What non-technical skills should you learn for your remote software job?

What non-technical skills should you learn for your remote software job?

There are a lot of remote software jobs ready to be filled. However, even with so many candidates to choose from, why are so many still not selected? The answer lies in the fact that there are more than just hard skills needed to survive in this fast-paced remote world. For the longest time, soft skills were relegated to the back burner for much of the skilled workforce. It was important for a select few to have them. But as time went by, the need for soft skills rose. One could no longer depend on just technical skills. It can be said that software engineers were the last to enter into the fold of soft skills. Once things became more remote, the need went up multifold.

The need for a soft skillset in a remote software job

The need for a soft skillset in a remote software job is of utmost importance. The fact remains, like it or not; one needs to have them and, if not, needs to train to gain them.

So what is that all-important skill set needed for a remote software job?

1) Creativity and Insight

Software engineers have the creativity and the wherewithal to have insight in solving problems as and when they crop up. But, unfortunately, there is no ready manager and/or peer to help out by looking over the shoulder. As a result, they need to think on their feet many times to push through the daily grind.

There is also a need for creativity to keep one’s mind active and agile. Working in a remote setting can get exhausting when there is no avenue to refresh and unwind. Then, things start to get complicated, and if team leads are unable to handle the fatigue, they most likely will lose out on team productivity due to burnout and stress-related issues.

A creative mindset is an insightful mindset. And collectively, remote teams had proven to be more creative and insightful than a homogenous in-office team when efficiently handled.

2) Priority, Organization, and Time Management

Goes without saying – a remote software engineer has the freedom to work whenever they want as long as their tasks are efficiently done. However, one needs to realize that to remain on top of things, being able to efficiently prioritize, organize and manage time would make this doable in the long run. Being an inefficient worker and working close to deadlines is not a healthy mode of work. It is not even sustainable. So to make things work smoother and like clockwork, the skills of being efficient in time management through organizing and prioritizing tasks are very important.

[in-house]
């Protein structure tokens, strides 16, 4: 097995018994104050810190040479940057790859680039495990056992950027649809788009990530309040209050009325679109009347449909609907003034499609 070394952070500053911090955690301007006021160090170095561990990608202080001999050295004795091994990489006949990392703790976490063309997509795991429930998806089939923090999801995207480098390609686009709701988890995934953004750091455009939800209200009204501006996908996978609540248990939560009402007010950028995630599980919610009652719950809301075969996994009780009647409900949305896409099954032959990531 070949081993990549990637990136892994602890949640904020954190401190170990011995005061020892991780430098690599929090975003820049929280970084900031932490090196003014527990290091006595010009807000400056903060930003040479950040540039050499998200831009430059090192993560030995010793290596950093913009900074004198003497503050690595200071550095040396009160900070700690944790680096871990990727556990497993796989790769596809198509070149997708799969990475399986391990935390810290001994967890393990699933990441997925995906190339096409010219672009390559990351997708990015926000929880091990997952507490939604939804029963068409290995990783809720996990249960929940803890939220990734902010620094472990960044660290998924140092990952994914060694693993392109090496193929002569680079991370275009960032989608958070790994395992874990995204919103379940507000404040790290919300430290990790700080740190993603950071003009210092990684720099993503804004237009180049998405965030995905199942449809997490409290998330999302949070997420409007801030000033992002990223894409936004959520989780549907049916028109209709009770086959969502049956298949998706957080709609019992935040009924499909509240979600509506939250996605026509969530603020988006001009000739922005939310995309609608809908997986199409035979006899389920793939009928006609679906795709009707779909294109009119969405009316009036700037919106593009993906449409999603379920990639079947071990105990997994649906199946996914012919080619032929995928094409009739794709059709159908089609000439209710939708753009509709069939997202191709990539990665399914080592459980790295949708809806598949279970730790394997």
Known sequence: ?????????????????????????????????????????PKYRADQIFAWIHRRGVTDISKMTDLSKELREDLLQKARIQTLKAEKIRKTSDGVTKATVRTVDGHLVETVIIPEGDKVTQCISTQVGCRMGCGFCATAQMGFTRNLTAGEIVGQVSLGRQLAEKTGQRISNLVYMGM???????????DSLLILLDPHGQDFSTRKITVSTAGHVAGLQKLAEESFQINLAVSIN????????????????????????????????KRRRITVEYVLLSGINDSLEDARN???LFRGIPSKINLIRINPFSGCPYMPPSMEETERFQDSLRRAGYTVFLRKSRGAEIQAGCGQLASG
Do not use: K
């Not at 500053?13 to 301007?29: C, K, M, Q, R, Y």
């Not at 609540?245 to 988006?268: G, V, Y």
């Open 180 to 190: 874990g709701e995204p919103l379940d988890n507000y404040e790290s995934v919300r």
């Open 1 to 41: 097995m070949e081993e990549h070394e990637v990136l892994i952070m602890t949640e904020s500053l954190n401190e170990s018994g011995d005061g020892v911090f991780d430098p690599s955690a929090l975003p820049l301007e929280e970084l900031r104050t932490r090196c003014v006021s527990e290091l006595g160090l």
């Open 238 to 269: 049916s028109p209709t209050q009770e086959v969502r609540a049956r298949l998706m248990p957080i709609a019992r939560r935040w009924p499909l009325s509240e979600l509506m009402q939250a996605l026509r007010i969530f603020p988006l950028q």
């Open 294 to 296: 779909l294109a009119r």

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3) Openness, Empathy, Emotional Intelligence, and Communication

Ah, so here we come to what we call good emotionally intelligent and empathetic, open communicators. It May seem a lot, but it simply has strong communication skills. Remote teams must be open when it comes to communicating. Solving problems and overcoming hiccups actually becomes a fun activity rather than a stressful one. Not being open and honest enough about problems can lead to larger problems jeopardizing projects and timelines. If remote teams cannot use their emotional intelligence effectively, they are in danger of imploding, leading companies nowhere.

This skill(s) may seem to be the least important but maybe the most important ones. The fact of the matter remains that top-down and bottom-up communication lines need to be open and clear. Remote engineers are not used to being bossed around and need to be “handled with care” – well, at least differently.

4) Flexibility and Collaboration

This brings us to the last point. More in sync with the point above, flexibility and collaboration are more about how remote software engineers and team leads can remotely manage each other’s temperaments. While one has the “flexibility” of not wanting to communicate, this would definitely not work. There should be flexibility in working together and collaborating to come to mutually agreed-upon solutions to move forward.

Software engineers need to get out of their hermit mode, which was quite the norm, and learn how to deal with the world (quite literally). No longer is it feasible to cocoon oneself with a computer and type away furiously – coding as if their lives depended on it. Now things have “opened up” as borders blur, and one has to interact with people from all places, regardless of caste, creed, or religion.

Things have certainly become more interesting as more and more jobs are going remote. But a remote software job is the most in need of a non-tech overhaul, and software engineers need to realize there is no hiding from the fact that they need to start living in the real world – even if it is remotely.

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